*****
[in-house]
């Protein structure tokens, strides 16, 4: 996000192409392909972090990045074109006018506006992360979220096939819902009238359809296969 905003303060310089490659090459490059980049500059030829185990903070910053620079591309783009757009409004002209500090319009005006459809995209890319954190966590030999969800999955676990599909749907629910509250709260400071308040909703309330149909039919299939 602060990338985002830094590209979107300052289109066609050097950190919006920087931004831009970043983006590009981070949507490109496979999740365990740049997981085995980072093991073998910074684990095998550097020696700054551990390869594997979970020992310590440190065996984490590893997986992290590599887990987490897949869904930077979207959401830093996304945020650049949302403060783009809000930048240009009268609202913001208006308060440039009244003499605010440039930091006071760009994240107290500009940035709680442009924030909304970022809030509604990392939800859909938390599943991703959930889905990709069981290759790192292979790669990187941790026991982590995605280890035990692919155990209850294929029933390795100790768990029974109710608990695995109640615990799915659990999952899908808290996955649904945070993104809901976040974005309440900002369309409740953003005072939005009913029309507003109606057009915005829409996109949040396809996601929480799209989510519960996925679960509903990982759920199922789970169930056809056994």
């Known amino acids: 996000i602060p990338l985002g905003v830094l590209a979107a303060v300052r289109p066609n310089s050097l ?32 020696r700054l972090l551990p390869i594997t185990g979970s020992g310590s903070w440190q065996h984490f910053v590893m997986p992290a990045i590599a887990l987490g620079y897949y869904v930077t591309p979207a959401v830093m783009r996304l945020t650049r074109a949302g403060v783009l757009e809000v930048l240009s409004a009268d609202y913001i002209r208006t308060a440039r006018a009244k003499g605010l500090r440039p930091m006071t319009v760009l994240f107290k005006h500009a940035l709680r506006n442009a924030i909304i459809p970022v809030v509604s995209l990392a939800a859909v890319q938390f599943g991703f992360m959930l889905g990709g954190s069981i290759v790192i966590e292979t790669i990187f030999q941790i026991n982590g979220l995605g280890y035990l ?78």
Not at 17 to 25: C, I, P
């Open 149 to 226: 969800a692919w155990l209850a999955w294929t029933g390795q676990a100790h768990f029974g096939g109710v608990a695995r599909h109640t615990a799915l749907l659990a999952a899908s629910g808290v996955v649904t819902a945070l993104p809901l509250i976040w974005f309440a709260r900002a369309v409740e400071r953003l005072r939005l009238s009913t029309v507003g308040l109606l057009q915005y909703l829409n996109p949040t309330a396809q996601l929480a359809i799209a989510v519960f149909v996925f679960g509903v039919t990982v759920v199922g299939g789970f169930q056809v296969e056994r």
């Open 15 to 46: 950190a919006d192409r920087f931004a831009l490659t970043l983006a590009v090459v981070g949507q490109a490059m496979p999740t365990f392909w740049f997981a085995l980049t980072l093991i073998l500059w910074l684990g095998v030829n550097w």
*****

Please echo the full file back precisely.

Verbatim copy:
[in-house]
């Protein structure tokens, strides 16, 4: 996000192409392909972090990045074109006018506006992360979220096939819902009238359809296969 905003303060310089490659090459490059980049500059030829185990903070910053620079591309783009757009409004002209500090319009005006459809995209890319954190966590030999969800999955676990599909749907629910509250709260400071308040909703309330149909039919299939 602060990338985002830094590209979107300052289109066609050097950190919006920087931004831009970043983006590009981070949507490109496979999740365990740049997981085995980072093991073998910074684990095998550097020696700054551990390869594997979970020992310590440190065996984490590893997986992290590599887990987490897949869904930077979207959401830093996304945020650049949302403060783009809000930048240009009268609202913001208006308060440039009244003499605010440039930091006071760009994240107290500009940035709680442009924030909304970022809030509604990392939800859909938390599943991703959930889905990709069981290759790192292979790669990187941790026991982590995605280890035990692919155990209850294929029933390795100790768990029974109710608990695995109640615990799915659990999952899908808290996955649904945070993104809901976040974005309440900002369309409740953003005072939005009913029309507003109606057009915005829409996109949040396809996601929480799209989510519960996925679960509903990982759920199922789970169930056809056994």
């Known amino acids: 996000i602060p990338l985002g905003v830094l590209a979107a303060v300052r289109p066609n310089s050097l ?32 020696r700054l972090l551990p390869i594997t185990g979970s020992g310590s903070w440190q065996h984490f910053v590893m997986p992290a990045i590599a887990l987490g620079y897949y869904v930077t591309p979207a959401v830093m783009r996304l945020t650049r074109a949302g403060v783009l757009e809000v930048l240009s409004a009268d609202y913001i002209r208006t308060a440039r006018a009244k003499g605010l500090r440039p930091m006071t319009v760009l994240f107290k005006h500009a940035l709680r506006n442009a924030i909304i459809p970022v809030v509604s995209l990392a939800a859909v890319q938390f599943g991703f992360m959930l889905g990709g954190s069981i290759v790192i966590e292979t790669i990187f030999q941790i026991n982590g979220l995605g280890y035990l ?78």
Not at 17 to 25: C, I, P
């Open 149 to 226: 969800a692919w155990l209850a999955w294929t029933g390795q676990a100790h768990f029974g096939g109710v608990a695995r599909h109640t615990a799915l749907l659990a999952a899908s629910g808290v996955v649904t819902a945070l993104p809901l509250i976040w974005f309440a709260r900002a369309v409740e400071r953003l005072r939005l009238s009913t029309v507003g308040l109606l057009q915005y909703l829409n996109p949040t309330a396809q996601l929480a359809i799209a989510v519960f149909v996925f679960g509903v039919t990982v759920v199922g299939g789970f169930q056809v296969e056994r």
């Open 15 to 46: 950190a919006d192409r920087f931004a831009l490659t970043l983006a590009v090459v981070g949507q490109a490059m496979p999740t365990f392909w740049f997981a085995l980049t980072l093991i073998l500059w910074l684990g095998v030829n550097w």